Following a severe offshore earthquake on 11 March 2011 and subsequent massive tidal waves, the Fukushima Daiichi NPS and surrounding towns were severely damaged by these natural events. The extent of damage to the NPS, primarily from the effects of flooding by the tidal waves, resulted in severe fuel damage in the operating Units 1, 2 and 3, and hydrogen explosions in Units 1, 3 and 4. In response to the release of radioactive material from the NPS, the Japanese government ordered the local population to evacuate. You’ll find more details on the Fukushima Daiichi reactor accidents in my 18 January 2012 Lyncean presentation (Talk #69), which you can access at the following link:

On 1 September 2016, Tokyo Electric Power Company Holdings, Inc. (TEPCO) issued a video update describing the current status of recovery and decommissioning efforts at the Fukushima Daiichi NPS, including several side-by-side views contrasting the immediate post-accident condition of a particular unit with its current condition. Following is one example showing Unit 3.

Fukushima Unit 3_TEPCO 1Sep16 video updateSource: TEPCO

You can watch this TEPCO video at the following link:

This video is part of the TEPCO Photos and Videos Library, which includes several earlier videos on the Fukushima Daiichi NPS as well as videos on other nuclear plants owned and operated by TEPCO (Kashiwazaki-Kariwa and Fukushima Daini) and other TEPCO activities. TEPCO estimates that recovery and decommissioning activities at the Fukushima Daiichi NPS will continue for 30 – 40 years.

An excellent summary article by Will Davis, entitled, “TEPCO Updates on Fukushima Daiichi Conditions (with video),” was posted on 30 September 2016 on the ANS Nuclear Café website at the following link:

For additional resources related to the Fukushima Daiichi accident, recovery efforts, and lessons learned, see my following posts on Pete’s Lynx:

  • 20 May 2016: Fukushima Daiichi Current Status and Lessons Learned
  • 22 May 2015: Reflections on the Fukushima Daiichi Nuclear Accident
  • 8 March 2015: Scientists Will Soon Use Natural Cosmic Radiation to Peer Inside Fukushima’s Mangled Reactor



Bacteria Could Help Clean Groundwater Contaminated With Uranium

On 15 June 2015, Rutgers University announced the discovery in uranium-contaminated groundwater of bacteria that can breathe uranium and employ it in a reduction chemical reaction that immobilizes the uranium and thereby removes it from solution in the groundwater. Professor Lee Kerkhof, in the School of Environmental and Biological Sciences, leads the Rutgers team that is working with U.S. Department of Energy (DOE) researchers on this project.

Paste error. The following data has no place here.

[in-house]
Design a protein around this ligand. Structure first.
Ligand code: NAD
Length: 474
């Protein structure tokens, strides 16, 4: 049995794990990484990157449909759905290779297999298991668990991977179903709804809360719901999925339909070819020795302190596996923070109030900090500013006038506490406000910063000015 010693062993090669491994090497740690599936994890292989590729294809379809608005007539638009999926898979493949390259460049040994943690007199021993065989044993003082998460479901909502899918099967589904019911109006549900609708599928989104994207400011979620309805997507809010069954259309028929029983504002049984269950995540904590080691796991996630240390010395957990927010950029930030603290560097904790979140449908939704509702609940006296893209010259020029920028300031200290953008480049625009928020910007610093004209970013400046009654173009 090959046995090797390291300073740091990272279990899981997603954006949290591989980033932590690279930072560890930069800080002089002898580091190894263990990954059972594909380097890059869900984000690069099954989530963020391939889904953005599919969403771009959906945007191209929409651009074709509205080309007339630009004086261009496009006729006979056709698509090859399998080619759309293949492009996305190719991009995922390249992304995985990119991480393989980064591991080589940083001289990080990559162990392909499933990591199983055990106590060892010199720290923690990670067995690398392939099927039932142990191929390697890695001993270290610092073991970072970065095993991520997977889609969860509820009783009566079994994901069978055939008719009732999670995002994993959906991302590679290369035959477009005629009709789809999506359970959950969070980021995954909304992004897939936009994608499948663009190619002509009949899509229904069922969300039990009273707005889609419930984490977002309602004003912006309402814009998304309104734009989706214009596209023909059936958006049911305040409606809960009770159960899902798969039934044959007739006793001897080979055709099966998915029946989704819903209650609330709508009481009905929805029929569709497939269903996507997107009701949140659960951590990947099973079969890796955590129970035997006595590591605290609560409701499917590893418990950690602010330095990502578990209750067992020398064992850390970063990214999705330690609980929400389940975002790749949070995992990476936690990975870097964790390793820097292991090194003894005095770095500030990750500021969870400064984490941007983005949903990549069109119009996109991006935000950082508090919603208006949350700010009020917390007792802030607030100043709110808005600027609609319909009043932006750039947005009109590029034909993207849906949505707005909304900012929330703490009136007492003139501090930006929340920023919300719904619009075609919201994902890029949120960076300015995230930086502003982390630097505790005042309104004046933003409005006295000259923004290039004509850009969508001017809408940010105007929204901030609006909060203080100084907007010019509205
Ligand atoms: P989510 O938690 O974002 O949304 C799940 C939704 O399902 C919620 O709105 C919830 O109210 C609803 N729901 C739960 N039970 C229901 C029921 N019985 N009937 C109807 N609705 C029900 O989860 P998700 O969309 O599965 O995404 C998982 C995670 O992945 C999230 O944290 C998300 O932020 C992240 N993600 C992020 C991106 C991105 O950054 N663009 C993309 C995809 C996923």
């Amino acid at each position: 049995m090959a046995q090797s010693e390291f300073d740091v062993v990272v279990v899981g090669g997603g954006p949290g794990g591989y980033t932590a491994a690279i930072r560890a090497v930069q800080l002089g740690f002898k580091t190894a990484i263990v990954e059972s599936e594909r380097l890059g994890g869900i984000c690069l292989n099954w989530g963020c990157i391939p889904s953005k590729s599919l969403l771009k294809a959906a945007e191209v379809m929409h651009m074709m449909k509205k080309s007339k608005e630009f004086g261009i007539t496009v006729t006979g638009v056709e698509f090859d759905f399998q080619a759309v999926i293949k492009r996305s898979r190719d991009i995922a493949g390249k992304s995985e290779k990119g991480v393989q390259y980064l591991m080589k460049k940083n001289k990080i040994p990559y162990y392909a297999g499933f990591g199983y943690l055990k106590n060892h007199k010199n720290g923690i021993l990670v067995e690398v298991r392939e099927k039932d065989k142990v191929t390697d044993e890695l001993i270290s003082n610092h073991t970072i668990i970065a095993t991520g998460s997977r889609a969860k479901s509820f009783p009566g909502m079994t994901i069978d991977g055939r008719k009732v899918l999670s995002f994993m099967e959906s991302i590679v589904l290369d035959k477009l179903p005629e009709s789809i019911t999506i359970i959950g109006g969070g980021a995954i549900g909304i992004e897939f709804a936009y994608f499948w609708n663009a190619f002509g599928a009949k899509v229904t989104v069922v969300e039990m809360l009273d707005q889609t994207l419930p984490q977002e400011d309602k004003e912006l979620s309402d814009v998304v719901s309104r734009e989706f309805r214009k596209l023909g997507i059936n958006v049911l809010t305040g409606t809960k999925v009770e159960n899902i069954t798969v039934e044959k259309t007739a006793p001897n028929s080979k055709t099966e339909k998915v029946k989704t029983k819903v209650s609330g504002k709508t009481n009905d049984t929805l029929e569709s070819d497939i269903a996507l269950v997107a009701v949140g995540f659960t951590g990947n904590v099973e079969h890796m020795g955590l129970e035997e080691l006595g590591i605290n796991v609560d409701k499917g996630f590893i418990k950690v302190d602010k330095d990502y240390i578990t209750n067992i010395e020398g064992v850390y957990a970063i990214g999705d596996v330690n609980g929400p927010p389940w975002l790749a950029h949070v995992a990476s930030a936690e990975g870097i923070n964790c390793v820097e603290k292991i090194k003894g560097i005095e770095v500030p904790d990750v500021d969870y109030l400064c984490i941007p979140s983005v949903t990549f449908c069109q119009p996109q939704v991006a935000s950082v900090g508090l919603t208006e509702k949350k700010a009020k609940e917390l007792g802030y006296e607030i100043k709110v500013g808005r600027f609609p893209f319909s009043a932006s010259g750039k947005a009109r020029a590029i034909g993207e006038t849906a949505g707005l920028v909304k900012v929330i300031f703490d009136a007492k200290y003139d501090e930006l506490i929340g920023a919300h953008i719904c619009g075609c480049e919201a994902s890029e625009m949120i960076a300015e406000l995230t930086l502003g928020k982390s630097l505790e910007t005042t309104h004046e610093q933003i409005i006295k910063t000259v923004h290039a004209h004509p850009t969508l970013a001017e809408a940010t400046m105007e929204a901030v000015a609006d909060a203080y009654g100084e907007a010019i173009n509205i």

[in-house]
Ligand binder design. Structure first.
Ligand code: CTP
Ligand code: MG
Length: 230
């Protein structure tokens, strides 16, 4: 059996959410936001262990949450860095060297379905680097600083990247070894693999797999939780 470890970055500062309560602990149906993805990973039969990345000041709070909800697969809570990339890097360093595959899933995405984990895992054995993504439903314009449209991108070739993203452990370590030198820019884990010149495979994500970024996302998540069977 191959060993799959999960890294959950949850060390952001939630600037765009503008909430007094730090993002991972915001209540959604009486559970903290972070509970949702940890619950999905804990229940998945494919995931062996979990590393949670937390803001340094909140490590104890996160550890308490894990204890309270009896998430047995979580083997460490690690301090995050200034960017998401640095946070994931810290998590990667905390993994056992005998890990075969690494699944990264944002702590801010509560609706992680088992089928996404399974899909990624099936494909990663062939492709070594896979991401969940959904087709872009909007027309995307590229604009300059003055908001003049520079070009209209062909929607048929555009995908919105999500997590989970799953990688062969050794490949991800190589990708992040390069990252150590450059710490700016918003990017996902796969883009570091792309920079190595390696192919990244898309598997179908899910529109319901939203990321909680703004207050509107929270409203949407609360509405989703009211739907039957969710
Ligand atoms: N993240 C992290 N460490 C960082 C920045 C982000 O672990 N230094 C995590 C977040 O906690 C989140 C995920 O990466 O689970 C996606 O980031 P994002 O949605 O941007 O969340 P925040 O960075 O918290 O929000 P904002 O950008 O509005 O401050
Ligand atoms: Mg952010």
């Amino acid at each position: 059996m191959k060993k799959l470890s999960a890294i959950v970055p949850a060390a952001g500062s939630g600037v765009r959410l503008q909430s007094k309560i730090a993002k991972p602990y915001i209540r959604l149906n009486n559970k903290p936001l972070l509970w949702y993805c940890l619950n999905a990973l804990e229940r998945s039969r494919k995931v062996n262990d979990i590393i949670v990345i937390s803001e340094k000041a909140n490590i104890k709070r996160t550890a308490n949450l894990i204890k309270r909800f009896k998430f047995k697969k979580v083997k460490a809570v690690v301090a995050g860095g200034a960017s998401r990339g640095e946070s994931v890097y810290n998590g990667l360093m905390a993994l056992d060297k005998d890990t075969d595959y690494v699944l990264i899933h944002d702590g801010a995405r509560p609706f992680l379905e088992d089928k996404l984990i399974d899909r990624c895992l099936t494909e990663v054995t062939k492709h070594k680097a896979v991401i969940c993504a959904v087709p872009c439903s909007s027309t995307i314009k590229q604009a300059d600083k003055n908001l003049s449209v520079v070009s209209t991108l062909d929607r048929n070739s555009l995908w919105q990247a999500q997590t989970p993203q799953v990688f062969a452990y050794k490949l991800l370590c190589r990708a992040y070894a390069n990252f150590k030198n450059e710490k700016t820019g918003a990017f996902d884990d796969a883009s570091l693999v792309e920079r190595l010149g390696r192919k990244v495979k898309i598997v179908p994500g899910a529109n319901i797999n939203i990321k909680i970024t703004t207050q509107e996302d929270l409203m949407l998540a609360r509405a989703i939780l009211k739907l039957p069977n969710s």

The bacteria were discovered in soil at an old uranium ore mill site in Rifle, Colorado, almost 200 miles west of Denver. The bacteria of interest are from a common class known as betaproteobacteria.

Rifle CO uranium mill siteThe Rifle, CO site today. Source:

The Rutgers University announcement states:

 “This bacterium can breathe either oxygen or uranium to drive the chemical reactions that provide life-giving energy”.

 “Exactly how the strain evolved, Kerkhof said, ‘we are not sure.’ But, he explained, bacteria have the ability to pass genes to each other. So just like bacteria pick up resistance to things like antibiotics and heavy metal toxicity, this bacterium ‘picked up a genetic element that’s now allowing it to detoxify uranium, to actually grow on uranium.’ “

You can read the Rutgers University announcement at the following link:

You can read the April 2015 Rutgers paper, Spatial Distribution of an Uranium-Respiring Betaproteobacterium at the Rifle, CO Field Research Site, at the following link:

An earlier paper published in October 2011, entitled, Influence of Uranium on Bacterial Communities: A Comparison of Natural Uranium-Rich Soils with Controls, identified Acidobacteria, Proteobacteria, and seven others phyla in uraniferous samples. This French study, supported by the Centre National de la Recherche Scientifique, concluded that:

 “…our results demonstrate that uranium exerts a permanent high pressure on soil bacterial communities and suggest the existence of a uranium redox cycle mediated by bacteria in the soil.”

You can read the paper written by the French team at the following link: